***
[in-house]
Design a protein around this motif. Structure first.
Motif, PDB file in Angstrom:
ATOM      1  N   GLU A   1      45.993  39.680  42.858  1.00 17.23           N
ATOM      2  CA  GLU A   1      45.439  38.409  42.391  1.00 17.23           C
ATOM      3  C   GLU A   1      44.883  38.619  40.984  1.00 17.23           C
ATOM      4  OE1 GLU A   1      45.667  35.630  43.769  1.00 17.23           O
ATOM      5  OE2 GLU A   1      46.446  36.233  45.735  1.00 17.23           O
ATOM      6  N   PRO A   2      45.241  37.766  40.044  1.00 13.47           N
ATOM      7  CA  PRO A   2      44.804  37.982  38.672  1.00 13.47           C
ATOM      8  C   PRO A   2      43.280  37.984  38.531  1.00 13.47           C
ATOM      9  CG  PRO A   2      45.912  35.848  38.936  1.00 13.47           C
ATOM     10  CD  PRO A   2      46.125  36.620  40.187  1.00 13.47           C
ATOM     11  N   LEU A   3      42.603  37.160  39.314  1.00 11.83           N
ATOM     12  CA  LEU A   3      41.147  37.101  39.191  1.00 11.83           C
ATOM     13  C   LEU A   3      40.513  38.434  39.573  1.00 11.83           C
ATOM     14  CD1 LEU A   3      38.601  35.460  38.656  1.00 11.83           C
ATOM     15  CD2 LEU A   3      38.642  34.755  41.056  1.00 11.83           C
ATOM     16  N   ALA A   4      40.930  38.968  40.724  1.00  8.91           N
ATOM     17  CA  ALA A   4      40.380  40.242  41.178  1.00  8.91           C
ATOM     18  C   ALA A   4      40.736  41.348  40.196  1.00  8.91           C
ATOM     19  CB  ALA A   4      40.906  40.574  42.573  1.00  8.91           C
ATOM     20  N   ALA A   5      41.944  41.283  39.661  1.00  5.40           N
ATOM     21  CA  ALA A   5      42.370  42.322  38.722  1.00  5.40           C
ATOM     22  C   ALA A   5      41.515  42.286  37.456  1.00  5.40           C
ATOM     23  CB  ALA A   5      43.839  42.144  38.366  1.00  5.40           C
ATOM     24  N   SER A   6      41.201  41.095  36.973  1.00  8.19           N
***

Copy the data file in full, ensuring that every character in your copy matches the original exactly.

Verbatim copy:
[in-house]
Design a protein around this motif. Structure first.
Motif, PDB file in Angstrom:
ATOM      1  N   GLU A   1      45.993  39.680  42.858  1.00 17.23           N
ATOM      2  CA  GLU A   1      45.439  38.409  42.391  1.00 17.23           C
ATOM      3  C   GLU A   1      44.883  38.619  40.984  1.00 17.23           C
ATOM      4  OE1 GLU A   1      45.667  35.630  43.769  1.00 17.23           O
ATOM      5  OE2 GLU A   1      46.446  36.233  45.735  1.00 17.23           O
ATOM      6  N   PRO A   2      45.241  37.766  40.044  1.00 13.47           N
ATOM      7  CA  PRO A   2      44.804  37.982  38.672  1.00 13.47           C
ATOM      8  C   PRO A   2      43.280  37.984  38.531  1.00 13.47           C
ATOM      9  CG  PRO A   2      45.912  35.848  38.936  1.00 13.47           C
ATOM     10  CD  PRO A   2      46.125  36.620  40.187  1.00 13.47           C
ATOM     11  N   LEU A   3      42.603  37.160  39.314  1.00 11.83           N
ATOM     12  CA  LEU A   3      41.147  37.101  39.191  1.00 11.83           C
ATOM     13  C   LEU A   3      40.513  38.434  39.573  1.00 11.83           C
ATOM     14  CD1 LEU A   3      38.601  35.460  38.656  1.00 11.83           C
ATOM     15  CD2 LEU A   3      38.642  34.755  41.056  1.00 11.83           C
ATOM     16  N   ALA A   4      40.930  38.968  40.724  1.00  8.91           N
ATOM     17  CA  ALA A   4      40.380  40.242  41.178  1.00  8.91           C
ATOM     18  C   ALA A   4      40.736  41.348  40.196  1.00  8.91           C
ATOM     19  CB  ALA A   4      40.906  40.574  42.573  1.00  8.91           C
ATOM     20  N   ALA A   5      41.944  41.283  39.661  1.00  5.40           N
ATOM     21  CA  ALA A   5      42.370  42.322  38.722  1.00  5.40           C
ATOM     22  C   ALA A   5      41.515  42.286  37.456  1.00  5.40           C
ATOM     23  CB  ALA A   5      43.839  42.144  38.366  1.00  5.40           C
ATOM     24  N   SER A   6      41.201  41.095  36.973  1.00  8.19           N